Proper investment in the NHS workforce and run-down public services, as well as the creation of a national care service, are key to the UK’s pandemic recovery, says UNISON today (Monday).
In her keynote speech to UNISON’s virtual heath conference this afternoon, UNISON general secretary Christina McAnea renewed her call for an immediate public inquiry to hold those accountable for the mistakes, poor decisions and profiteering made during the past 18 months.
Christina McAnea said: “The government’s shockingly bad planning, lack of foresight and slow reaction to the unfolding tragedy, is quite frankly unforgiveable.
“Boris Johnson skipped five Cobra meetings on coronavirus. What would happen if any health worker skipped five shifts, or important meetings to plan patient care, or to prepare for a major event?
“A public inquiry is urgently needed. It must be properly independent, must start now, and must investigate the impact on black, disabled and women workers, and the high death rates for staff in low-paid jobs.
“It must focus on the lack of preparedness, and how a decade of damaging austerity hindered the ability of public services to respond to the crisis.
“Workers in vital services were already running on empty. There must be answers because if lessons aren’t learned from these mistakes, they risk being repeated.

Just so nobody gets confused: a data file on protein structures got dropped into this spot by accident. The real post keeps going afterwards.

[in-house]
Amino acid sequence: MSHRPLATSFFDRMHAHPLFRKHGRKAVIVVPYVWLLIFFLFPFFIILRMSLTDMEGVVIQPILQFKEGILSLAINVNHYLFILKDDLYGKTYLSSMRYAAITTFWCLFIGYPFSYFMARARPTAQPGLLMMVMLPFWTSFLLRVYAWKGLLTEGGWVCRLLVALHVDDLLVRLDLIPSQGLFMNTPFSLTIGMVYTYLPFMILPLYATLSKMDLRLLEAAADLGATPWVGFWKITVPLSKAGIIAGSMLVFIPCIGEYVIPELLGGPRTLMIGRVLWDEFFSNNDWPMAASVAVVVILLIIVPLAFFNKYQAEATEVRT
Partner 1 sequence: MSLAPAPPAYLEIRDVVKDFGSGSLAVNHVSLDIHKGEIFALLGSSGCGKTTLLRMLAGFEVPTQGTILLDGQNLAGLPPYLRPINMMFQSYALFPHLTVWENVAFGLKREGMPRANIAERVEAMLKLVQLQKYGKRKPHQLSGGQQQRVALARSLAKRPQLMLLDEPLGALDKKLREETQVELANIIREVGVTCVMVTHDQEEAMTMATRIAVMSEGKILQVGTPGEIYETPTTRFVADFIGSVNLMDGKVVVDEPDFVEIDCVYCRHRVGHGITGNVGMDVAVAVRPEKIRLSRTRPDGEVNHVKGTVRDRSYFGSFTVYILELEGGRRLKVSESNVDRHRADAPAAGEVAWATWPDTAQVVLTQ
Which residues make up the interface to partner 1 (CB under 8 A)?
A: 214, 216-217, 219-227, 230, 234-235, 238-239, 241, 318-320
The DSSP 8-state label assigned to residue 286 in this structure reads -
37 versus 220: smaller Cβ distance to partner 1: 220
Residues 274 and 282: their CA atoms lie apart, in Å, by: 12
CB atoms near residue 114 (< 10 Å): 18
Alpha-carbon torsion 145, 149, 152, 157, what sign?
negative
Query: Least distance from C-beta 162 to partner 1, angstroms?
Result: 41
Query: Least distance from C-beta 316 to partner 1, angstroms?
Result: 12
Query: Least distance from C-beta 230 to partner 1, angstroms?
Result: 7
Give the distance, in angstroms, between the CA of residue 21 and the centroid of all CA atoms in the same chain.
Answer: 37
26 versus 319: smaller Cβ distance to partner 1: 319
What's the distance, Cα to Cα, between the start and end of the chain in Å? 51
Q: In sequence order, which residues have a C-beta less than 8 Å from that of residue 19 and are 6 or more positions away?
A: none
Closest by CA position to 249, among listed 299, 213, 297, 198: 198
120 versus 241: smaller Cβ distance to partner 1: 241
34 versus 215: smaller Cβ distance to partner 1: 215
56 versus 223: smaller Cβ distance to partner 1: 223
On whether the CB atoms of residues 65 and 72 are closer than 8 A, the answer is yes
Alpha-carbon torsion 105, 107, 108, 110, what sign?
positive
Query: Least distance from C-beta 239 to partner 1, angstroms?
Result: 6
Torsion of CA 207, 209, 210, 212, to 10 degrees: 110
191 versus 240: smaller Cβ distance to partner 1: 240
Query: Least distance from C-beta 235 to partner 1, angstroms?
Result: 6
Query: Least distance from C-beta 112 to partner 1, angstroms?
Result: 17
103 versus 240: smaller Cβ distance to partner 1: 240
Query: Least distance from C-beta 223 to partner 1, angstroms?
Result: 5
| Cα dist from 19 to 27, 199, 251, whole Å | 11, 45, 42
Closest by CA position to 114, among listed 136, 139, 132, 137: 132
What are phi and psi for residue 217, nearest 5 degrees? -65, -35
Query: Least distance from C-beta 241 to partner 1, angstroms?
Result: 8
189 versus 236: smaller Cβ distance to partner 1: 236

“Health staff who work for private contractors, or the voluntary sector, should have the same pay rates and benefits as NHS staff. The services they provide must come back into the NHS. And the pressure kept up on private contractors to pay the right rates for the job.
“Look at the impact in social care – so inextricably linked to the NHS. A broken system, failing to give elderly and disabled people the care they need. And failing to give care workers the pay they deserve.
“Boris Johnson has no real plan for social care. The government must come up with real, far-reaching reform.
“A real national care service is needed, not the piecemeal, bargain basement offerings so far. There must be a dedicated workforce strategy, one to mirror the people plan in the NHS.
“The virus has shown who can really be depended upon when the chips are down. It’s not the management consultants, the big outsourcing companies or the Conservative government. It’s public service workers and NHS staff.
“If there are any lessons that can be learned from the pandemic, it’s that no society can survive without reliable and sustainable public services, or the dedication and commitment of the workers providing them.
“The UK is now at a major economic and moral crossroads. Now is the time to call for a new deal for working people and public services.
“That means new employment rights, ending the worst practices of fire and rehire, and sustainable investment in public services.
“The government needs to see public services as a driver of the economy, not a drain on society. They’re an essential part of the UK’s infrastructure.”
Notes to editors:
– UNISON is the UK’s largest union with more than 1.3 million members providing public services in education, local government, the NHS, police service and energy. They are employed in the public, voluntary and private sectors.